1 - As opposed to all the unofficial leaking. Seriously, people, can't you lot wait for a release date?
2 - And to paint a Lizardmen Blood Bowl team, but I'm guessing you're not bothered about that.
3 - As, despite these being monopose figures, they're not Blood-Bowl-esque snap-fit figures. Ploy cement will be required.
4 - Unfortunately, it seems that the day of the red whippy stick has passed. I call upon you for a moment's silence in memory of the red whippy stick...
5 - Mainly as I've been trying to write this post since I got the box, and I'm finding it hard to concentrate...< br/> 6 - Especially the heretics...

Monday, 29 May 2017

Unboxing: Oathsworn Miniatures: Burrows & Badgers - New Blood

I was aware that Kickstarter campaigns could run for varying lengths of time, but it wasn't until Boxing Day that I realised that a really short campaign could do surprisingly well.

Why Boxing Day? Well, that was when Oathsworn Miniatures ran their New Blood Kickstarter for their Burrows & Badgers line - and ran it for just 24 hours.

The combination of the two things struck me as a bit odd - you'd expect potential customers to be busy on Boxing Day with family affairs, while most Kickstarter campaigns rely on the first and last 2 or 3 days to raise the bulk of their funds. Stripping a campaign down to 24 hours, especially on Boxing Day, felt like it should've been a disaster.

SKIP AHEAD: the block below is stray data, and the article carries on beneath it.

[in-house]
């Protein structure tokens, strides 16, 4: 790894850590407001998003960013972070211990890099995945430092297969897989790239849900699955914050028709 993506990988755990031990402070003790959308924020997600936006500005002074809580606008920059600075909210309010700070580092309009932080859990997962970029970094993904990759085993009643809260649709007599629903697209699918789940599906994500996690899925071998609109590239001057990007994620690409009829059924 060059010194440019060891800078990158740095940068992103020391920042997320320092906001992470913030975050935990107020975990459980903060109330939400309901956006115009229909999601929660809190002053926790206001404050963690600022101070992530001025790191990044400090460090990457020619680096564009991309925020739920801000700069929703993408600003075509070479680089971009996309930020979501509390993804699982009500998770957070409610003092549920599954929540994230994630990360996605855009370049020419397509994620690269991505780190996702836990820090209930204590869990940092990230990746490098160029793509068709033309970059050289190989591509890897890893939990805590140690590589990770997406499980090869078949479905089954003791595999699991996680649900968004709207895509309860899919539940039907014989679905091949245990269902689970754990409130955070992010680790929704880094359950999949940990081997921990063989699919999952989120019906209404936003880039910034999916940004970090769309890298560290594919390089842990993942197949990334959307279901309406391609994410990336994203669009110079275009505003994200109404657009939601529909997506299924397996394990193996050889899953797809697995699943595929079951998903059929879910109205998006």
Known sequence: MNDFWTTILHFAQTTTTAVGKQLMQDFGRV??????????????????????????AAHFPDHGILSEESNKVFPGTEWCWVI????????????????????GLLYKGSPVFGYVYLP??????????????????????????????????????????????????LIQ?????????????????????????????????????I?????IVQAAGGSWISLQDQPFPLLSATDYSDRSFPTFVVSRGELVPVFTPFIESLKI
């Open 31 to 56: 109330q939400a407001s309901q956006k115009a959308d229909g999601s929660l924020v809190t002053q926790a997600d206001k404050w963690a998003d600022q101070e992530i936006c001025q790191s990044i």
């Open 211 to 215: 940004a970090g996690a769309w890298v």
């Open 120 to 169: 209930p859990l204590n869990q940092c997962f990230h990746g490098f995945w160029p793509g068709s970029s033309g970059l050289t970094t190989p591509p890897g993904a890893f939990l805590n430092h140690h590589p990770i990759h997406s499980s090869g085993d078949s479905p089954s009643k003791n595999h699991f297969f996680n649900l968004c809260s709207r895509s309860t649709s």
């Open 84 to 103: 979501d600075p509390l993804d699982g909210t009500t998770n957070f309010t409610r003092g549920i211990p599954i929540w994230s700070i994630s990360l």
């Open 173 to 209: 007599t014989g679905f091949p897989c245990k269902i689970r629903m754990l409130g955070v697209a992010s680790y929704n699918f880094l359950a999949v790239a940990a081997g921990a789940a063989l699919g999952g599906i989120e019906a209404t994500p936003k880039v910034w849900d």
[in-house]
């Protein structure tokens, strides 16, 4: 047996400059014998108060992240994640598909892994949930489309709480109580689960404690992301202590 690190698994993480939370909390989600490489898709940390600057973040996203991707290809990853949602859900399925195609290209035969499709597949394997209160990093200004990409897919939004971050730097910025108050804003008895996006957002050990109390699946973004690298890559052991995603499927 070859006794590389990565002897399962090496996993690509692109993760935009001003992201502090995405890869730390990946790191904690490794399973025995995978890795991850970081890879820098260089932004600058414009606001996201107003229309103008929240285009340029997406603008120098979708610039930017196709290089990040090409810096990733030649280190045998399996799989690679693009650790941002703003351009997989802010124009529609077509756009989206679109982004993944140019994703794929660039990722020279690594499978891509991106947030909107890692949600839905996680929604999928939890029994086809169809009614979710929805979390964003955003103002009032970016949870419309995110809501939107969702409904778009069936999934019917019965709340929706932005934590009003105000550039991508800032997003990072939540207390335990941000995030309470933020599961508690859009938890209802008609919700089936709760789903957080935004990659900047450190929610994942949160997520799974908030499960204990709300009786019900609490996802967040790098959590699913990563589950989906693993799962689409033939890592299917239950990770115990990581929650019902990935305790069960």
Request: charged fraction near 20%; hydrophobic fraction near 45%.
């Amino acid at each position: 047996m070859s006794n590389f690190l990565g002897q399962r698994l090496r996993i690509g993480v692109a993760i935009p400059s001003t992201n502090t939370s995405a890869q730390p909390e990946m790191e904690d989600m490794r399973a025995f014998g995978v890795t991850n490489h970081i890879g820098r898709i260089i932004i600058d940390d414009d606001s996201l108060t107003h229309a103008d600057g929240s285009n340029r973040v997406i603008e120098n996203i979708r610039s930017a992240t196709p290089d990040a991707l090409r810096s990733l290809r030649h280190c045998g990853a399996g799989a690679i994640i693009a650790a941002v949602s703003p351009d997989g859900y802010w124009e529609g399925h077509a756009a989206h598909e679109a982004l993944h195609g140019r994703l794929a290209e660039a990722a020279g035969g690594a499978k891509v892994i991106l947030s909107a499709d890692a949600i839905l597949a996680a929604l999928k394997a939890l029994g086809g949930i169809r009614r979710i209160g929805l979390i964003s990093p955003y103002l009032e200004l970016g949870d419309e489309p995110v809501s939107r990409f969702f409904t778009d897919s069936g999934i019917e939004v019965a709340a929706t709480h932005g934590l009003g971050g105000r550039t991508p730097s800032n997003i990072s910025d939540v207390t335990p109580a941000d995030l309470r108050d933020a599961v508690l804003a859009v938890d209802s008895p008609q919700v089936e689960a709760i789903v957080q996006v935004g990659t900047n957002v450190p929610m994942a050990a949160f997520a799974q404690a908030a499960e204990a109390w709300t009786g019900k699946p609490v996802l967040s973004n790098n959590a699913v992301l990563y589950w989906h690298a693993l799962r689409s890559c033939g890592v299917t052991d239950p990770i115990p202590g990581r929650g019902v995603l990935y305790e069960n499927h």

Instead, the micro-campaign was a roaring success, funding in less than 20 minutes and eventually raising nearly nine times the initial funding goal from over 300 backers. I'm still not sure exactly how they did it, but I recently received the fruits of the campaign, so I reckon it is time to take a look...

Thursday, 13 April 2017

Tor Gaming - Death from Above

The Relics C'thu range keeps on growing - Gav1 still has several codes from the initial C'thu line to release, and this month it was the turn of the Vesparther. Given I'm working on a C'thu army, alongside my Britanans, I pre-ordered them, and was fortunate enough that Gav was feeling generous, as I got them a little early.

While this is the third time I've reviewed a C'thu figure, I'll give you a quick recap - Relics is a skirmish game produced by Tor Gaming2, a small company based in Sheffield, UK. It is described by its creator as a stitch-punk game, and sees forces from six different factions3 battling it out in the world of Relicia. A second edition of the game is, at time of writing, undergoing a final public review and test before going to print, so this is a good time to think about diving in.